Human beings are never satisfied. It just isn’t built into our wiring. Forgive me for just having discovered this. You see, I firmly believe I have the best job in the world. My boss likes to leave me to my devices. And by that I mean motorcycles. I am free to do what I like, and I usually do. So far I seem to have behaved myself well enough for this to be acceptable to all parties involved.
Journalism isn’t the most lucrative of professions but in time, I make enough money to buy a motorcycle or two, feed myself and most importantly, afford and buy enough motorcycle gear to keep myself safe. So I cannot complain right?
If the wife was around, she would have burst out laughing at this point. And she would be right.
The other day, over a round of drinks, a friend asked me the simplest question of all, “If you were to lose your job right now, what would you do?” I am still surprised by my first reaction. “Why, I’d take Ferocitas [my KTM 390 Duke] and disappear for a month.” And after that? “I figure I’ll have two months of frugal living within which to find a new job.”
Think about that. Does it not sound exactly like what any motorcycle-loving software professional would say? I am surprised that despite all the innumerable motorcycles I ride constantly, that’s my first plan of action. And it is entirely without a destination. I would love to ride my own bike to Ladakh once but outside of that, anything goes.
It would be sort of like Sarath Shenoy’s ride but with quite a few more haircuts and shaves. Of course, Shenoy’s crop goes to Hair for Hope, which makes wigs for cancer patients.
When I thought about it, the desire seems to stem from the combination of the two things a motorcycle journalist does not get. First is the opportunity to ride their own machines as much we would like to. This is obviously because there are so many machines to be tasted and tested that your own motorcycle can sometimes be left waiting.
Second is the option of not having to film or write a story. Or to generate photos and videos that will be go into the social coverage that must inevitably accompany the story. Even as I write that, a huge pressure seems to lift off my shoulders.
And this is despite the fact that I like writing. It’s as much a part of me as is riding motorcycles today. When the Tuono rocked my world, I wrote my feelings down before I called the bank. Writing the Life Lessons column was essential to my process of dealing with Arti’s passing. And yet, here I am wishing to ride for a month without having to write about it.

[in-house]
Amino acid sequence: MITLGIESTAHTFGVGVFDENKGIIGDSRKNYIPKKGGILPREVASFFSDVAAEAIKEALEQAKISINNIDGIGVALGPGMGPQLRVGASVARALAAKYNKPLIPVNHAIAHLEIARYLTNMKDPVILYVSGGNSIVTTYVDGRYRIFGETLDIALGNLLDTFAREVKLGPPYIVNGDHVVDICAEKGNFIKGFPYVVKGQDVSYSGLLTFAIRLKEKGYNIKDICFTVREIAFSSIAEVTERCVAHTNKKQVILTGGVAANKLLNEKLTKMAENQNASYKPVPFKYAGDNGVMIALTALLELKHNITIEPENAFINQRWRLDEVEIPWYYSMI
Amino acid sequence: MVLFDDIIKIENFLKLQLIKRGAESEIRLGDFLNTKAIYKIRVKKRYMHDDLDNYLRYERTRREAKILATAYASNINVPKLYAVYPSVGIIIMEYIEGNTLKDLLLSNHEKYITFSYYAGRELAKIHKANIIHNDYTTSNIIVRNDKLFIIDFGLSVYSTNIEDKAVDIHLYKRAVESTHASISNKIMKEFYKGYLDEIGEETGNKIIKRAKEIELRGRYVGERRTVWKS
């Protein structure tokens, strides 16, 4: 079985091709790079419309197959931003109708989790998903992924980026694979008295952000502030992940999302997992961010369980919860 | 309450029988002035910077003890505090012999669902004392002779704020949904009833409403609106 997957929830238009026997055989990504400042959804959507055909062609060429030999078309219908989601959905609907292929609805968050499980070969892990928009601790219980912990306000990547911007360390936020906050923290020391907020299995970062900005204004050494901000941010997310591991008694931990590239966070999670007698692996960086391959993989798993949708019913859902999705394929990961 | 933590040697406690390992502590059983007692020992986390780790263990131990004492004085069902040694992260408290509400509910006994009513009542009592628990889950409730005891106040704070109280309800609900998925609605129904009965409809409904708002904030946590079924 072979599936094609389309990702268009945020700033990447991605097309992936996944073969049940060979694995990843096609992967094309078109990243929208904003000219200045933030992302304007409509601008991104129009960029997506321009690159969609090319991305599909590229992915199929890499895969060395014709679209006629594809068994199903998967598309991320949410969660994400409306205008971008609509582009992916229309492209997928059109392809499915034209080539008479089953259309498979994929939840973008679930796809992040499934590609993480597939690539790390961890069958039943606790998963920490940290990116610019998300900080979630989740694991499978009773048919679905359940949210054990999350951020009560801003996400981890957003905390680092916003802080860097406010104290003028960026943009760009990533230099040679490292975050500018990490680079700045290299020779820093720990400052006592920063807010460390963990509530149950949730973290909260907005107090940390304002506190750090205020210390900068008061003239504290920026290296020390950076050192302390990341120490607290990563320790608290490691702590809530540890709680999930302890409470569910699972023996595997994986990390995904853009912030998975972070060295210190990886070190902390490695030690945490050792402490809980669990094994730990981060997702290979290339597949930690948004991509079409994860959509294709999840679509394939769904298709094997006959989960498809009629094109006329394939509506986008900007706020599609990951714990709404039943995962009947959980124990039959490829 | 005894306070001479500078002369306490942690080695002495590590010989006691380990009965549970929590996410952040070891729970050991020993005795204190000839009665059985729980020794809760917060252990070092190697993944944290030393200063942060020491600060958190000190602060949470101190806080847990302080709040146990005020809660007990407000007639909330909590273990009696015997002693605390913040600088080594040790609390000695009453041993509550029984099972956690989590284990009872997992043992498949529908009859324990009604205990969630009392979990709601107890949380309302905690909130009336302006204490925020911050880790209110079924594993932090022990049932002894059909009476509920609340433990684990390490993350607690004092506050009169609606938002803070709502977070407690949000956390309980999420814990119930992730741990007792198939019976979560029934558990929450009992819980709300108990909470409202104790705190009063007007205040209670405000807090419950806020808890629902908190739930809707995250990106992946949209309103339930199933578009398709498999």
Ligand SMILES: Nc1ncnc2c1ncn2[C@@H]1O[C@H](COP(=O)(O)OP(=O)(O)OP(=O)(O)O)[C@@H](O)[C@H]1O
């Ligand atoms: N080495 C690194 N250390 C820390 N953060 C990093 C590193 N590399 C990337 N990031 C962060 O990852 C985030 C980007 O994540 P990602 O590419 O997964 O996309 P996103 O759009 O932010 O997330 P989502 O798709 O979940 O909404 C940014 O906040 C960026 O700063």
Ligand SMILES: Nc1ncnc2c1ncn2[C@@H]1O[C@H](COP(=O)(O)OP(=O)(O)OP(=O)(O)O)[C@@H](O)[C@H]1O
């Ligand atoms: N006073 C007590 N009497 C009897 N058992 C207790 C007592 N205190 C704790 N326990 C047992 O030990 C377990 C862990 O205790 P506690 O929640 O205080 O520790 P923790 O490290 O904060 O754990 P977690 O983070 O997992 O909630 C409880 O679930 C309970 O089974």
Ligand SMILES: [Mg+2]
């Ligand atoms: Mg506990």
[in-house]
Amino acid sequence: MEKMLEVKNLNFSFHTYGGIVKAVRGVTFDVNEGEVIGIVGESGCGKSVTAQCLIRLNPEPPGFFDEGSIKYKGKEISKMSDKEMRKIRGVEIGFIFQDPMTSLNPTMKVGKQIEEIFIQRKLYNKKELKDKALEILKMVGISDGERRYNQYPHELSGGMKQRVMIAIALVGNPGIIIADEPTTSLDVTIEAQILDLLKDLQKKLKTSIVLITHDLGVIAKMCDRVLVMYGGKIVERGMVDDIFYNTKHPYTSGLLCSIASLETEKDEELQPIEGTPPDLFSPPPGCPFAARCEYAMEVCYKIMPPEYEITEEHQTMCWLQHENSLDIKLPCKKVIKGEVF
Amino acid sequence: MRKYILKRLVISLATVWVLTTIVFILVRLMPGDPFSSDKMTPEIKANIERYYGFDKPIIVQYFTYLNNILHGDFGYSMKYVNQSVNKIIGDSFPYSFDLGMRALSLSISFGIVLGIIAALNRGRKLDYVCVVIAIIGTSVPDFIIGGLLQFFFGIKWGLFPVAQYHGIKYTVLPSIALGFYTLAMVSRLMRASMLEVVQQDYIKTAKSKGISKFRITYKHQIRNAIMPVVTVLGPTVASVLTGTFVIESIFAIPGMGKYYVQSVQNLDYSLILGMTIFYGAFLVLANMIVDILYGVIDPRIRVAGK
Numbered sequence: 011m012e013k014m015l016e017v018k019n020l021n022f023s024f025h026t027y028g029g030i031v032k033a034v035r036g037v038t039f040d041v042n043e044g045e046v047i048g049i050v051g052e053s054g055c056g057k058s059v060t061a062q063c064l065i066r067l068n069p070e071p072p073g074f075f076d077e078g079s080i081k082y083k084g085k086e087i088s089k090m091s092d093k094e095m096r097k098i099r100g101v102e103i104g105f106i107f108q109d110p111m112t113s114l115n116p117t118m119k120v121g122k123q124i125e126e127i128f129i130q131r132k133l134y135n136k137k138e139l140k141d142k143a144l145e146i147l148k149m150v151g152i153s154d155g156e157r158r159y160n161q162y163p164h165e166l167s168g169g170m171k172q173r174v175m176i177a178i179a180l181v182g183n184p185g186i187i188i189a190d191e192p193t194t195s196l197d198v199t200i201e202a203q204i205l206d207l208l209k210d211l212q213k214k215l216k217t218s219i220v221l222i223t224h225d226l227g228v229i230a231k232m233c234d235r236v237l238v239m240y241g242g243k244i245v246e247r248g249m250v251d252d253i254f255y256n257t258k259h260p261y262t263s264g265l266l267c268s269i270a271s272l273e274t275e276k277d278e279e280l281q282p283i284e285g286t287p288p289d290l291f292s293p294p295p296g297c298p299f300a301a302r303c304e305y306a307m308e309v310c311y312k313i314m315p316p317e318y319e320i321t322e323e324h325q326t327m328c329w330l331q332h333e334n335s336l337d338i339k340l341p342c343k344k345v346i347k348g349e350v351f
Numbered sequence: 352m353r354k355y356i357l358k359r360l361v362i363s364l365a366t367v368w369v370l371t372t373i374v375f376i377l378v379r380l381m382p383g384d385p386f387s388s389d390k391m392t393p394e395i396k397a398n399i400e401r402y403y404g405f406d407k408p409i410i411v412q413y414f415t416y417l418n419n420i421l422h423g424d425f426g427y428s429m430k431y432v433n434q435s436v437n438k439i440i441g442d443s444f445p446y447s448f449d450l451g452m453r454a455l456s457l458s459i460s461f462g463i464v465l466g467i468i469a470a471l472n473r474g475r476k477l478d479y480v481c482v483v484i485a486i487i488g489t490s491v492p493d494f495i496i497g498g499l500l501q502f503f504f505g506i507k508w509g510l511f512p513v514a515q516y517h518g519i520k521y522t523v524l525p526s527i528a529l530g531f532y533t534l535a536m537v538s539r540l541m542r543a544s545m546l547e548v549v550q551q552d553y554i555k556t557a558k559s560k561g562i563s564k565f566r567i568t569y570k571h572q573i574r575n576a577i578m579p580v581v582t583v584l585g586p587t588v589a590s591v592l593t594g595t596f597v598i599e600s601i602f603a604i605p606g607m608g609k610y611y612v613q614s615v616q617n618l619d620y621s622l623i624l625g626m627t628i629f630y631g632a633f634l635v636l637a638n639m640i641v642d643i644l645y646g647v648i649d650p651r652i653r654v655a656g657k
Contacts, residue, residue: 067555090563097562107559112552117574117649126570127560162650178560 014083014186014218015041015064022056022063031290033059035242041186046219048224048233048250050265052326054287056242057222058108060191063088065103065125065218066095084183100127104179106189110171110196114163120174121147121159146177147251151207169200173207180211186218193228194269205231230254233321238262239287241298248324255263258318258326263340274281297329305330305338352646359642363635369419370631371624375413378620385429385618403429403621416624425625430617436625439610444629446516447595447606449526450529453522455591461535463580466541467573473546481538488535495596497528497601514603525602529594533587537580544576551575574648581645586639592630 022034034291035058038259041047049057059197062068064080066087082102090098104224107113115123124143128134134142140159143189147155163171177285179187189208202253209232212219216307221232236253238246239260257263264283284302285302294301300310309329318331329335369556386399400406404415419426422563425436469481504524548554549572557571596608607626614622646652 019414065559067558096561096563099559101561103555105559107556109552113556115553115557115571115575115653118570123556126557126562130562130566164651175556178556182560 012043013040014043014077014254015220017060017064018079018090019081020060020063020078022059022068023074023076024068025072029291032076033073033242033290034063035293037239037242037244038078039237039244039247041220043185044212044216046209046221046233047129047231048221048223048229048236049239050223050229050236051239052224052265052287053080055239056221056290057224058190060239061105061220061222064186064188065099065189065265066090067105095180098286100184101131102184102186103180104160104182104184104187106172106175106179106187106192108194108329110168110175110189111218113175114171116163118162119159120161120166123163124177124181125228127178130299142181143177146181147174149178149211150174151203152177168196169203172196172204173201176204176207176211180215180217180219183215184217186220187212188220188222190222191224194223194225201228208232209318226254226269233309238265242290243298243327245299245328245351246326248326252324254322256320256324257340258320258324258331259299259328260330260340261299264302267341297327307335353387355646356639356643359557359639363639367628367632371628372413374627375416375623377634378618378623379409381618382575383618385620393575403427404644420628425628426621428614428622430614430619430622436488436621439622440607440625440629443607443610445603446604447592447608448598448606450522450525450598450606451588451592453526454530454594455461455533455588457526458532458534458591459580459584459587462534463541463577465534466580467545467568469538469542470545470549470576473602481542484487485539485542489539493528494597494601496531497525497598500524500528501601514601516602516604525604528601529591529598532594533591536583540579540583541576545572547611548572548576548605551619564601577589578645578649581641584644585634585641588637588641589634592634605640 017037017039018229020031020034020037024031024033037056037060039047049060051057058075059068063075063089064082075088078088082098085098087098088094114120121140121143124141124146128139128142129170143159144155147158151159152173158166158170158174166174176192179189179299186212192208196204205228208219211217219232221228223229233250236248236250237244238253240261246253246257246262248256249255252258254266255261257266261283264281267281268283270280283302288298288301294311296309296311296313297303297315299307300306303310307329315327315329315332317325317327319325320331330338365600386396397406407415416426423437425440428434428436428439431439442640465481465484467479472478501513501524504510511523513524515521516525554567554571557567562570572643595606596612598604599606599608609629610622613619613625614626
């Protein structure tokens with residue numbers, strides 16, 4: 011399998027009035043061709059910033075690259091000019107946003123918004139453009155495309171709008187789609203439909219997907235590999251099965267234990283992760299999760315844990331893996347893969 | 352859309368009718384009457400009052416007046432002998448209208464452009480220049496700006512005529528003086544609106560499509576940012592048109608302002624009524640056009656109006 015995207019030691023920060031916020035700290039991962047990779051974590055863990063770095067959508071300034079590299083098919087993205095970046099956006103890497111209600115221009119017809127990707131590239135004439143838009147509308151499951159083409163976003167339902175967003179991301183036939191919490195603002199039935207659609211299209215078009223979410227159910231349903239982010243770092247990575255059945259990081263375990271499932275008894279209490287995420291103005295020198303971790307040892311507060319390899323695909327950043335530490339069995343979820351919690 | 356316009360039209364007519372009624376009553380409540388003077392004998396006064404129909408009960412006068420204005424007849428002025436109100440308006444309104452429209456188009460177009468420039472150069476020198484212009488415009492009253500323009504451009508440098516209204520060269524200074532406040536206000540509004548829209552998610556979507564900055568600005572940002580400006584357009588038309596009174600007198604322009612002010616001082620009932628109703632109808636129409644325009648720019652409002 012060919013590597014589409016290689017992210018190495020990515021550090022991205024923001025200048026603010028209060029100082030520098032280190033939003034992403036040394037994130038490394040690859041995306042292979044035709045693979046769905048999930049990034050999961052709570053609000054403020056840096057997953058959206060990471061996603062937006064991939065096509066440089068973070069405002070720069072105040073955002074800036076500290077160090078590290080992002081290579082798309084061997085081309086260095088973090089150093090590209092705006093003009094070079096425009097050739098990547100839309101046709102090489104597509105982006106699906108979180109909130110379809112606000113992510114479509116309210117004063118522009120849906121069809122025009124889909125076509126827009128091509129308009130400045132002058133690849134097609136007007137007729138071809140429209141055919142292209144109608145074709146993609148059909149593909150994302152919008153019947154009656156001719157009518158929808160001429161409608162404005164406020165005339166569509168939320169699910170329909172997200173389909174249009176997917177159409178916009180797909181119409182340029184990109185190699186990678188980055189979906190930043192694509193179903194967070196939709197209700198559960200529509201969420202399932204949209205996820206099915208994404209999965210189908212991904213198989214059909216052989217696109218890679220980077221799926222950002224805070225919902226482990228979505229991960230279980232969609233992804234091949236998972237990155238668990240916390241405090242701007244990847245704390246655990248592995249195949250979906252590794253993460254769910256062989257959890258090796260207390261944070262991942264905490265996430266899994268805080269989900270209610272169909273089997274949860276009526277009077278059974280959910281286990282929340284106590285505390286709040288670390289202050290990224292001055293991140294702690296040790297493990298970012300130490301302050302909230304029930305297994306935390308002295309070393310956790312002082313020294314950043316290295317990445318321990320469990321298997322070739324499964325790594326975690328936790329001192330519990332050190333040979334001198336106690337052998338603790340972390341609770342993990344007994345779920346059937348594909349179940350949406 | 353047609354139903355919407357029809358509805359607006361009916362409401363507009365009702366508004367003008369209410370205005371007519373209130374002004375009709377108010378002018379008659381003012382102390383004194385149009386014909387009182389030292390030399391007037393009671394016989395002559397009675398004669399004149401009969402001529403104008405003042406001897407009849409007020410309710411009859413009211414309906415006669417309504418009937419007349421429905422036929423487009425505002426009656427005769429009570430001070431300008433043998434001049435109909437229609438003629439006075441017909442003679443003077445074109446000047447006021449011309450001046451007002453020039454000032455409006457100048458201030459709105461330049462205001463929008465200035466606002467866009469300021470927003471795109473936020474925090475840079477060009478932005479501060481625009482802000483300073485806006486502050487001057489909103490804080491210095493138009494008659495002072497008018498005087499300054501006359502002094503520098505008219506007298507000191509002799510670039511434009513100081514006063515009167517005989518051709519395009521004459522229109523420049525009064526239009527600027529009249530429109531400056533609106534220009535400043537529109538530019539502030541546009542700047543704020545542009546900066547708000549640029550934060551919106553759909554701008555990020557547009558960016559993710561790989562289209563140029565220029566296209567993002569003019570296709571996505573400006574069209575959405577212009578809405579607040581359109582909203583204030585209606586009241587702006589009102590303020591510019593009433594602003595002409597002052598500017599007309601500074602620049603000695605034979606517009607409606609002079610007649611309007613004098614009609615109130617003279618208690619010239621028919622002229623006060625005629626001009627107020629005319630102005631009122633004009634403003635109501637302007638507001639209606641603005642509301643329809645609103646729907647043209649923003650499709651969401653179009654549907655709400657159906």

Is there a point to this? Perhaps not. I guess one should not underestimate our innate ability to crave what we do not have. That it is easy to be seduced by the dulcet tones of a settled, rhythmic life. But eventually we want upheaval. We want change. It makes us human. And by that I mean essentially evolving rather than fallible, fickle or fragile.
When was the last time you sat down to think about what is the ambition or desire that you have not paid attention to. Ask a question that shatters the limits posed by the bounds of your current life and see what pops up. You might surprise yourself with both the question and the answer you come up with. And then what happens? Well that is up to you. I would love to take a sabbatical and disappear for the ride but if Ladakh is on the agenda then it must be mid-2017 at the earliest which is convenient.
But I am convinced that these dreams that lie silently waiting to be discovered are worth pursuing. At the expense of a settled life. At the risk of losing the essential stability of a routine. Perhaps this is made more important by my recent Motorcycle Travellers’ Meet experience where I met incredible people who did just that. The point I’m making is just that we get lulled into settling down. Scooch back into the cushions until the world fits just so. And it is a good feeling. But there is more life than satisfaction. Pursue that dream, chase that vision and ride that dream ride.
It makes us human. It makes us happy.
Because measuring life in years is foolish. It isn’t how long you lived, it’s how you lived this long that ultimately counts, no?
To read more of Shumi’s opinions, click here